Unless you own a GSM tri-band international phone, you may have trouble using your US phone in any other country. Never fear, there are several companies that can get you hooked up with the right mobile technology for your next trip.
You basically have a few choices when it comes to your cell phone usage overseas. You can rent a phone and get billed for calls or you can buy a GSM phone outright and keep it without paying access fees. Then you can either buy prepaid SIM (Subscriber Identity Module) cards for each country, get a global SIM card or buy a proprietary SIM card and get billed for calls as you go or upon your return. The SIM card can be transferred between phones as it stores information such as the user's phone number and phone book. If you wish to trade up phones, or even if your battery dies, you can retrieve your information and make calls billed to your account or prepaid card using a friend's phone. Sound confusing? Well it can be, so be sure to read the fine print, check the rates for each country and choose a system that best suits your needs and usage patterns.
Telestial (tel. 858/274-2686; www.telestial.com) can provide you with a prepaid service pack for an individual country that you may be visiting or a global service pack if you are traveling to multiple destinations. These SIM cards can be inserted into any GSM compatible cell phone that you can purchase here or abroad. An International cell phone is classified as GSM if it operates on a 900 or 1800 frequency. An international cell phone with the appropriate SIM card, will provide coverage in Europe, Asia, Africa and the Pacific Rim (including Australia). A world cell phone with the a GSM 1900 frequency will expand coverage to include the United States, Canada and several countries in South America. These phones start at $99 (Motorola 3788) from Telestial and you can keep them for use on your future trips. Prepaid SIM cards can typically be purchased from $17 to $79 and almost always include free incoming calls originating from anywhere in the world. The main benefit of this system is that you are paying the same rate as local people, not an artificially imposed US rate. Prepaid will save you a lot of money, allow you to control your spending and will avoid a hefty bill when you get home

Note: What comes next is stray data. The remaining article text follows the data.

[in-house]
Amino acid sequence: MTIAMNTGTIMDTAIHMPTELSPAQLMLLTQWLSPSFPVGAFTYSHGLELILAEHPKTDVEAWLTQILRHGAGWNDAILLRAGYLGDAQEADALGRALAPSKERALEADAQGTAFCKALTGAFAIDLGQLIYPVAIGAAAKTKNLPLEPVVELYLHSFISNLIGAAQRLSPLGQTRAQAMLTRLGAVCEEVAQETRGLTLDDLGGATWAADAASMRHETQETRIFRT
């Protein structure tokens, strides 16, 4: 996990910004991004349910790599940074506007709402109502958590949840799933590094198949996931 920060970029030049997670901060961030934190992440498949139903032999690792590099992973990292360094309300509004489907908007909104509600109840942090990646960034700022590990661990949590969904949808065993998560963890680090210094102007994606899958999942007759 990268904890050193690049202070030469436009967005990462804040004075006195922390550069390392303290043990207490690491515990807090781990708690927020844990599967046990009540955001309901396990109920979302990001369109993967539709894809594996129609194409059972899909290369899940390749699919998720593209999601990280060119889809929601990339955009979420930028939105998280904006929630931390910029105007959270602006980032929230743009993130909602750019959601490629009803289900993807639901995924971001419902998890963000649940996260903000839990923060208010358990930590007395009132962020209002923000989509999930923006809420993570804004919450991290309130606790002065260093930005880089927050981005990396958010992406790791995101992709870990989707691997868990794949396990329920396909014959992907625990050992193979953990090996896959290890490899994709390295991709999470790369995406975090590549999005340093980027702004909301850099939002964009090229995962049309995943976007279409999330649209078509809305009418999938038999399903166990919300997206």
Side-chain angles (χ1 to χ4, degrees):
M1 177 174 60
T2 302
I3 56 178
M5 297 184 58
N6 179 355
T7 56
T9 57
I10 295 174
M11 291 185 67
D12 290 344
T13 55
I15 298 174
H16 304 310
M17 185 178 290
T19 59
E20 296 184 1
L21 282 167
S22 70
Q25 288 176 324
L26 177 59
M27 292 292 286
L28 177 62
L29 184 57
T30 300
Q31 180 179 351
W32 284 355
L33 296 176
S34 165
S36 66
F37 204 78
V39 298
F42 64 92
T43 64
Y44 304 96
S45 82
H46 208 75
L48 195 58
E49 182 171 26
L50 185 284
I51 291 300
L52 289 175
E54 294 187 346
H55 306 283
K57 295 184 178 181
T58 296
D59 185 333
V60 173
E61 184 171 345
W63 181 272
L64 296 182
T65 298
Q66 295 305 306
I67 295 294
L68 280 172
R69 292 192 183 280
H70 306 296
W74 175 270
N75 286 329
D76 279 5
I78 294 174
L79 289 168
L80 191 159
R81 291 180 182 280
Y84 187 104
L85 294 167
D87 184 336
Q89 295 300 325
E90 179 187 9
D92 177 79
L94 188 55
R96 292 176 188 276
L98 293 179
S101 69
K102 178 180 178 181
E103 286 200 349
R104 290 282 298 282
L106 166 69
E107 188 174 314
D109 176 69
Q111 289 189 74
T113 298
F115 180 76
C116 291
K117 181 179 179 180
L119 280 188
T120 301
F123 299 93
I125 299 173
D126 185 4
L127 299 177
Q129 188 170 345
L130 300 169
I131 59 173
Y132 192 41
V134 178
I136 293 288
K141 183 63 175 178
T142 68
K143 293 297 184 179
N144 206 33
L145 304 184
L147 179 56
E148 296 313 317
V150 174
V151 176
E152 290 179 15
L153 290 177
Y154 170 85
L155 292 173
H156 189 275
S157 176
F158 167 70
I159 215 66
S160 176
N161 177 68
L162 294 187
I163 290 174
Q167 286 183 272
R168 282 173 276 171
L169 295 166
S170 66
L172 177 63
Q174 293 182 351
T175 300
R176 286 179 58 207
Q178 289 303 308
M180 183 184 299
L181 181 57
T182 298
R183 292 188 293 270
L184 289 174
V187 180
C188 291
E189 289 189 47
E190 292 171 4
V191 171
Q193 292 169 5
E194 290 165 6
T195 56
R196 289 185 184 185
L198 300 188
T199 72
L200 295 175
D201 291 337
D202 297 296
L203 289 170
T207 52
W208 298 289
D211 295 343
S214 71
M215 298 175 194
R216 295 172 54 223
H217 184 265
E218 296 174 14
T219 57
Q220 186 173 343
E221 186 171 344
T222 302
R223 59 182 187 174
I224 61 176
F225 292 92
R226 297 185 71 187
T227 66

The Australian cell phone promotion -- the "Meat Pie and Dead Horse" (don't be alarmed -- dead horse actually means "sauce" i.e. ketchup) is $179 and includes a Haier D6 World Phone (usable in 170 countries), world charger and adapter, an Australian SIM card with local phone number, voice-mail, free incoming calls, $0.60 domestic or US calls and a $21 starter credit. Recharge prepaid cards are available at local stores throughout Australia in $23 to $75 amounts.
The "Toro Rojo" Spain cell phone promotion is $199 and includes a Haier D6 World Phone, world charger and adapter, a local phone number, free incoming calls, $0.36 domestic calls, $0.45 calls to the US and a $30 starter credit fees. Additional airtime vouchers can be purchased in 10£ to 50£ ($12 to $61) increments. For more special promotions and phone/SIM card package deals, visit the Telestial website.